It’s been eight months today. Eight months since, as most people reached out for the Alka Seltzer, and exchanged cheery Happy New Year wishes, my husband announced he was leaving.
I have undeniably come a long way since the darkness of the early days , but I cannot say I feel happy. Bad days still come and go, and the pain keeps flaring up, razor-sharp and destructive, triggered by tiny memories and big milestones, steamrolling my carefully crafted defenses as if they were mole hills.
So I’ve decided to gear up the fight against misery, and after careful consultation with my army chief of staff (also known as my son’s guinea pig), the current strategy is a two-pronged attack to encircle the enemy (quick, someone sound the bugle!).
One battalion is headed by the counsellor I have been seeing for the last seven months, and involves a Hum-so-tell-me-about-your-childhood kind of approach. This made me realise that feeling unworthy and terrified of abandonment was not something actually related to T (what a shame, I cannot blame it all on him…), but something dating back to the days when I refused to go down the slide by myself at the park aged two, and people generally thought flarey jeans and sheepskin gilets were the height of fashion.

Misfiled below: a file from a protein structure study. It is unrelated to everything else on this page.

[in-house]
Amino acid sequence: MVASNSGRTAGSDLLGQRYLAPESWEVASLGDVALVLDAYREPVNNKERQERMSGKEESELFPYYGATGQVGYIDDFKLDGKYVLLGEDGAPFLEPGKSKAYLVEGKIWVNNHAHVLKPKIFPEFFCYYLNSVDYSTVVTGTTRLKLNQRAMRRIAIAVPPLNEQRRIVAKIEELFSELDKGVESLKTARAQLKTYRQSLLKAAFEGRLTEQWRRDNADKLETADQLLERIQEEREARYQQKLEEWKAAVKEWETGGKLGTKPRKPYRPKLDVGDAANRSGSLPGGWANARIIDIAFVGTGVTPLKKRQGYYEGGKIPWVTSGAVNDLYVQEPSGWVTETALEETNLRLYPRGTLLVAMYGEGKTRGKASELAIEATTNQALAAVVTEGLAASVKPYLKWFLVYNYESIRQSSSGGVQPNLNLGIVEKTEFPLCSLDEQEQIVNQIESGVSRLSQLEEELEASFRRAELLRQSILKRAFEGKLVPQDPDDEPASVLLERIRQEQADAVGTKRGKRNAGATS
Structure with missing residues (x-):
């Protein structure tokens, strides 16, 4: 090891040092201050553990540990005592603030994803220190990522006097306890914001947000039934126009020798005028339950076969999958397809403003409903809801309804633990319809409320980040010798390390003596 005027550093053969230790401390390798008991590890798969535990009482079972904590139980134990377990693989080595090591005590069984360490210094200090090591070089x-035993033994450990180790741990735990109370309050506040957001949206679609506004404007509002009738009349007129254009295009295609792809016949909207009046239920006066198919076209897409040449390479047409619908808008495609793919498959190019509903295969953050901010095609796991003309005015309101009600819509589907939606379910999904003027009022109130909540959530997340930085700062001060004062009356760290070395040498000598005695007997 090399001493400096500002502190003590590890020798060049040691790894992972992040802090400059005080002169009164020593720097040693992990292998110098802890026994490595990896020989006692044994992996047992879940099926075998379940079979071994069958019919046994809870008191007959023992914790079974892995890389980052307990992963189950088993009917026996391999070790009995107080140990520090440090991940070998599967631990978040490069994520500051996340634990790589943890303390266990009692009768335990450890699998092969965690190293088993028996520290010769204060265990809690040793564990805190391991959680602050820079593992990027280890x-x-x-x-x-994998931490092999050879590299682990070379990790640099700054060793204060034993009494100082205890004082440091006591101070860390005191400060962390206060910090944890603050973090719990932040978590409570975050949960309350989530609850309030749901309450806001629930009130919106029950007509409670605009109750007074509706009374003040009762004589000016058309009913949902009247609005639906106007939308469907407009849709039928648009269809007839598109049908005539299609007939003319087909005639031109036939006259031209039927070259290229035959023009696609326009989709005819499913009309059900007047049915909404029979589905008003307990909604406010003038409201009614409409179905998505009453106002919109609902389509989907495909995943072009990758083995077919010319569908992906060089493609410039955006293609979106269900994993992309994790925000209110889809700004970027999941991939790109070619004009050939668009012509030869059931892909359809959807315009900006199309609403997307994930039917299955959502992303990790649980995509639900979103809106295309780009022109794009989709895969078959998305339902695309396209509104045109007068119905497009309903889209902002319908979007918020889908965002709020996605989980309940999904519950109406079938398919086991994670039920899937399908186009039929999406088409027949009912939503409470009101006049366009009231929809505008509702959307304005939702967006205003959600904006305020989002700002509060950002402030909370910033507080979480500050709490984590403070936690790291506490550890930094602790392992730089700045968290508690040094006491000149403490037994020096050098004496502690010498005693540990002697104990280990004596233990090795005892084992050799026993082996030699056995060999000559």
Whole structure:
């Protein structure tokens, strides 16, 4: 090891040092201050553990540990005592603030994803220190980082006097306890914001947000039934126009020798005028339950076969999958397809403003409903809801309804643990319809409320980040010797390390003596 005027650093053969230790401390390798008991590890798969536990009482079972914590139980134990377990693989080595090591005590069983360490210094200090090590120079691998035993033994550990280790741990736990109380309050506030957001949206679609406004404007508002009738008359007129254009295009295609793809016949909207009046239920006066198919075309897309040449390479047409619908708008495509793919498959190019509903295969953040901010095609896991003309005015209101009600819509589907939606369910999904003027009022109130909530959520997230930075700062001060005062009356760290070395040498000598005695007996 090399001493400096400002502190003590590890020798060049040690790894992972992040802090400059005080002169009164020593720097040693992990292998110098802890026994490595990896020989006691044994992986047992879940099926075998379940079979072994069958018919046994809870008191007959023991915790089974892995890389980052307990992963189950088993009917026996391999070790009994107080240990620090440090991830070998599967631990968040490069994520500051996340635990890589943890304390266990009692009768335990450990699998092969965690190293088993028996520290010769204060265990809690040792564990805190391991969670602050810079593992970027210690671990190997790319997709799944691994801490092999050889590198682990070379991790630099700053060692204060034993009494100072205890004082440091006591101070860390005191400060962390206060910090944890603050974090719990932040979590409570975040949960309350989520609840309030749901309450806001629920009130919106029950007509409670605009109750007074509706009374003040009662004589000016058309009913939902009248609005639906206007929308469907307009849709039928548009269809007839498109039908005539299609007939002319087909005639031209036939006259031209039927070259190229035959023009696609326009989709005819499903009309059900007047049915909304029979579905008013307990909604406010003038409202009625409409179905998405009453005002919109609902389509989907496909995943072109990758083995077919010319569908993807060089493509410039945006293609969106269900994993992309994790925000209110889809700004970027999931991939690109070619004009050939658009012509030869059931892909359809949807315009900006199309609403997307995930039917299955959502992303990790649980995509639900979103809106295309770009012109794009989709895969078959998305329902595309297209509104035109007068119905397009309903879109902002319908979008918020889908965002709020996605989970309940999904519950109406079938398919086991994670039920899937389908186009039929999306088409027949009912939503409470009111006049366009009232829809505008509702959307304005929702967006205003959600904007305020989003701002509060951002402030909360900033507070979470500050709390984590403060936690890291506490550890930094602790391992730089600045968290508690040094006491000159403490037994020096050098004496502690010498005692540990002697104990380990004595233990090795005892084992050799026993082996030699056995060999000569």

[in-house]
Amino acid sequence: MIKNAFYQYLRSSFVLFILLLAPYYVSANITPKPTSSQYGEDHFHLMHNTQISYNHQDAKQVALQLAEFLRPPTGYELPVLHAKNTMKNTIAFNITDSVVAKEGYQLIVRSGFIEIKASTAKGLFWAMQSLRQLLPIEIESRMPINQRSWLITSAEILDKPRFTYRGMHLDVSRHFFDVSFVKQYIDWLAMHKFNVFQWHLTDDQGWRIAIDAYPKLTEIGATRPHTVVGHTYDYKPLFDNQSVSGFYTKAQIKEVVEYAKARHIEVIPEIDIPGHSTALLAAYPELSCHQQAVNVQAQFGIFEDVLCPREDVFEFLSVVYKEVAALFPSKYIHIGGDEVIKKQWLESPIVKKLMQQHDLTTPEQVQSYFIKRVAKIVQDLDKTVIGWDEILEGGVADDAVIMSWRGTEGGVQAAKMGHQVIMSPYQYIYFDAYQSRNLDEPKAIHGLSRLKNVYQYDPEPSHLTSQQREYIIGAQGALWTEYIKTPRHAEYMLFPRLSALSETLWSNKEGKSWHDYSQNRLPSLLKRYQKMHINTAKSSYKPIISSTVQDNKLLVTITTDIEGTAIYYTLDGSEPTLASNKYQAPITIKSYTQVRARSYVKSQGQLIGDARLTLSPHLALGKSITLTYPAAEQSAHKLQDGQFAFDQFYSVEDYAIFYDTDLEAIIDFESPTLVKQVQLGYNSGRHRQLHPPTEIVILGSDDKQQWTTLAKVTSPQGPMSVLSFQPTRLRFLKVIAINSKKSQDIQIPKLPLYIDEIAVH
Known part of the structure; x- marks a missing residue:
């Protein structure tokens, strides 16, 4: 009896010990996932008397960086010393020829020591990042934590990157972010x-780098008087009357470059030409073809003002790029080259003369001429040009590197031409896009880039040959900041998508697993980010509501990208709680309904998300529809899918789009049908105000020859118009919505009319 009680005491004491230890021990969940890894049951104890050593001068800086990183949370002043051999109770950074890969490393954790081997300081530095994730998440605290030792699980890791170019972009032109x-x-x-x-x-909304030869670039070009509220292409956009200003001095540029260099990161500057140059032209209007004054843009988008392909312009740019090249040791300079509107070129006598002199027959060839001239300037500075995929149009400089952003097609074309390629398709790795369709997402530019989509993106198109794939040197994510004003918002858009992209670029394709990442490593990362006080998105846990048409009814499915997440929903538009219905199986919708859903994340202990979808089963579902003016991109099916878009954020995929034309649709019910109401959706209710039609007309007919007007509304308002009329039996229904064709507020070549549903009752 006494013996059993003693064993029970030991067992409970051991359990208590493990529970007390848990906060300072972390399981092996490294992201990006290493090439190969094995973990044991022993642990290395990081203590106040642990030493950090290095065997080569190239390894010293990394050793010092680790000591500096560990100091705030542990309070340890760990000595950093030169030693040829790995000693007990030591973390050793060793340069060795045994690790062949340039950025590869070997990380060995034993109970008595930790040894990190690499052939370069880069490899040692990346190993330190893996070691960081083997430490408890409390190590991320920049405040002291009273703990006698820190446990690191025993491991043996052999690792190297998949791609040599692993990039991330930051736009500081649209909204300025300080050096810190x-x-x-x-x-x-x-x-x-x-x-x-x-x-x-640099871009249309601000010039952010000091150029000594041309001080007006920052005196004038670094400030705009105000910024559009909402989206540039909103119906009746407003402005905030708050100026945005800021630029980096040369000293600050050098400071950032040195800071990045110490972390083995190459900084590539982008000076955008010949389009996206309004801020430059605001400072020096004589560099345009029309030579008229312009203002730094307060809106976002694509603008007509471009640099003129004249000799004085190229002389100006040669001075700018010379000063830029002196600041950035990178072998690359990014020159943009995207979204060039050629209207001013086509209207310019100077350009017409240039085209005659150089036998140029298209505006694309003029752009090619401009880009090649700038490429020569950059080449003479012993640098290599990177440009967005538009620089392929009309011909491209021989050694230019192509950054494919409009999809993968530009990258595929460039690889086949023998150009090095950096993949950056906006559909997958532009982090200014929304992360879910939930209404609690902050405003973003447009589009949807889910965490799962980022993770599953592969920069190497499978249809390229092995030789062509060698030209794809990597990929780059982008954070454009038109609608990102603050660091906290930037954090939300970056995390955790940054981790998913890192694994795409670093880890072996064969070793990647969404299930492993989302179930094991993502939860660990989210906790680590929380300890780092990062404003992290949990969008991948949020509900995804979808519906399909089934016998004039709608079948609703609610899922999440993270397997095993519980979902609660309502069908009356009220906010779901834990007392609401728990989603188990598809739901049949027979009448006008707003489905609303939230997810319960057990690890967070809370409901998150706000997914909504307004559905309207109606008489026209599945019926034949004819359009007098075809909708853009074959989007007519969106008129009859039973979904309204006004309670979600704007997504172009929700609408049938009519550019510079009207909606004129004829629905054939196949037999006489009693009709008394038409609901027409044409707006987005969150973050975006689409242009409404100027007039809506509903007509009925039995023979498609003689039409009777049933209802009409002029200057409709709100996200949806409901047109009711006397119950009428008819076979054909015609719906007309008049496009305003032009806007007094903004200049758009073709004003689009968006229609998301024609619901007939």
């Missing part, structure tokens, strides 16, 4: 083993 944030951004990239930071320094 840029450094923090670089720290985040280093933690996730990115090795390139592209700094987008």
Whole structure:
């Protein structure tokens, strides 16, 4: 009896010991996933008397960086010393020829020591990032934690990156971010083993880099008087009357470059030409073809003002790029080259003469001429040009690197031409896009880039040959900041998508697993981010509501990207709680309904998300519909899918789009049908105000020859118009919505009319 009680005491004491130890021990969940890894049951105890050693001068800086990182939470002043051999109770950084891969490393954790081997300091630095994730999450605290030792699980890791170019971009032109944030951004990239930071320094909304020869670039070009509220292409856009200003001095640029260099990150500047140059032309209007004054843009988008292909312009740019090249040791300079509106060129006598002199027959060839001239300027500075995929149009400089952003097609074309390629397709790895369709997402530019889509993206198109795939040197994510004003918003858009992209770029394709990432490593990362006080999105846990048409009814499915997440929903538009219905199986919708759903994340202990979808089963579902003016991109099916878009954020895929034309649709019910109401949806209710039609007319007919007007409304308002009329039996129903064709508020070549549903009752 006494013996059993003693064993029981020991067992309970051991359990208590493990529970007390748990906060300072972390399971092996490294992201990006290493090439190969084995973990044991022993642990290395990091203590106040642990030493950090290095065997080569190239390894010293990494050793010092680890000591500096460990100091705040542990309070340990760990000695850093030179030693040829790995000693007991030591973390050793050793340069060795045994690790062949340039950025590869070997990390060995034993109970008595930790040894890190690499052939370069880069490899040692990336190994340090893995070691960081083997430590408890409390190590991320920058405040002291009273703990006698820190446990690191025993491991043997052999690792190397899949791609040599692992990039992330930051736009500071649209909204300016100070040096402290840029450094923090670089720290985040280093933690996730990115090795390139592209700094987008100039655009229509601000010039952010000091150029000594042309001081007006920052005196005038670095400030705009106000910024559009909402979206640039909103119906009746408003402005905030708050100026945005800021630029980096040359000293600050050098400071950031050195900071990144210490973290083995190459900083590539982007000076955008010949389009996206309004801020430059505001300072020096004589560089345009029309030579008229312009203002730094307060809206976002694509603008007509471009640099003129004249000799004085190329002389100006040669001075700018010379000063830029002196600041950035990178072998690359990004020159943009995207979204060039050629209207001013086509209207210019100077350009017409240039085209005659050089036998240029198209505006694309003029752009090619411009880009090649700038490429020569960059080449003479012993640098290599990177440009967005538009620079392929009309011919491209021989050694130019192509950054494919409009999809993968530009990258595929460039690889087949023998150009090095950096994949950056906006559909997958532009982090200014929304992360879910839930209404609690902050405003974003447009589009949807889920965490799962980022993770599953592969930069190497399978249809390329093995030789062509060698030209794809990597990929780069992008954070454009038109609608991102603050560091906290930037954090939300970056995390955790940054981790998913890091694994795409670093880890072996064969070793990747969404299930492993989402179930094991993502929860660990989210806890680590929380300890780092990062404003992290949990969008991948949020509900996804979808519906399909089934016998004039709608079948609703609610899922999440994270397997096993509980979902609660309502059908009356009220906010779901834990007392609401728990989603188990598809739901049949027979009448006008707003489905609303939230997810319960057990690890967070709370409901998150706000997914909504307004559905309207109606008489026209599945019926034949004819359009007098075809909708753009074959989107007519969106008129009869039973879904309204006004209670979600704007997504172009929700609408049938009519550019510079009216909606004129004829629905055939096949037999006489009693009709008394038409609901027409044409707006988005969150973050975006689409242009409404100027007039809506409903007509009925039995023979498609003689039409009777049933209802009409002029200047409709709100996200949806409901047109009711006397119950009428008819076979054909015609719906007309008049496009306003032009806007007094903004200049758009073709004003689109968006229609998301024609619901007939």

And so here I am, bulldozing away, trying to excavate what made me the way I am. Right, so that’s one end of the battle, understanding how I work and why I feel the way I do. I guess the problem is that in the same way understanding the thermodynamics of a heat engine does not tell you how to keep yourself warm, beginning to understand what made me who I am doesn’t tell me how to feel better.
So inspired by fellow blogger Caroline’s journey, I started talking to a life coach, which involves a Jump-around-the-room-how-do-you-feel kind of approach, and does not really care if your brother traumatised you aged 7 by stealing the sweeties you’d preciously kept in your secret stash (all true, the rascal!), it just tries to break negative thought and behaviour patterns so that mechanically, you may start to feel better.
To be honest, the first time I jumped around (no really, I did), all I felt was faintly ridiculous and out of breath, but then again, that made me smile, the children loved it, and it was definitely better than feeling myself slide down the soapy slope down to misery.
So come on, what about you all divorce survivors, what did your back-to-life campaigns involve, what worked, what didn’t and why?
Yep, it’s got to be done, today’s song is the mythical Jump around by The House of Pain, c’mon everyone, get jumping…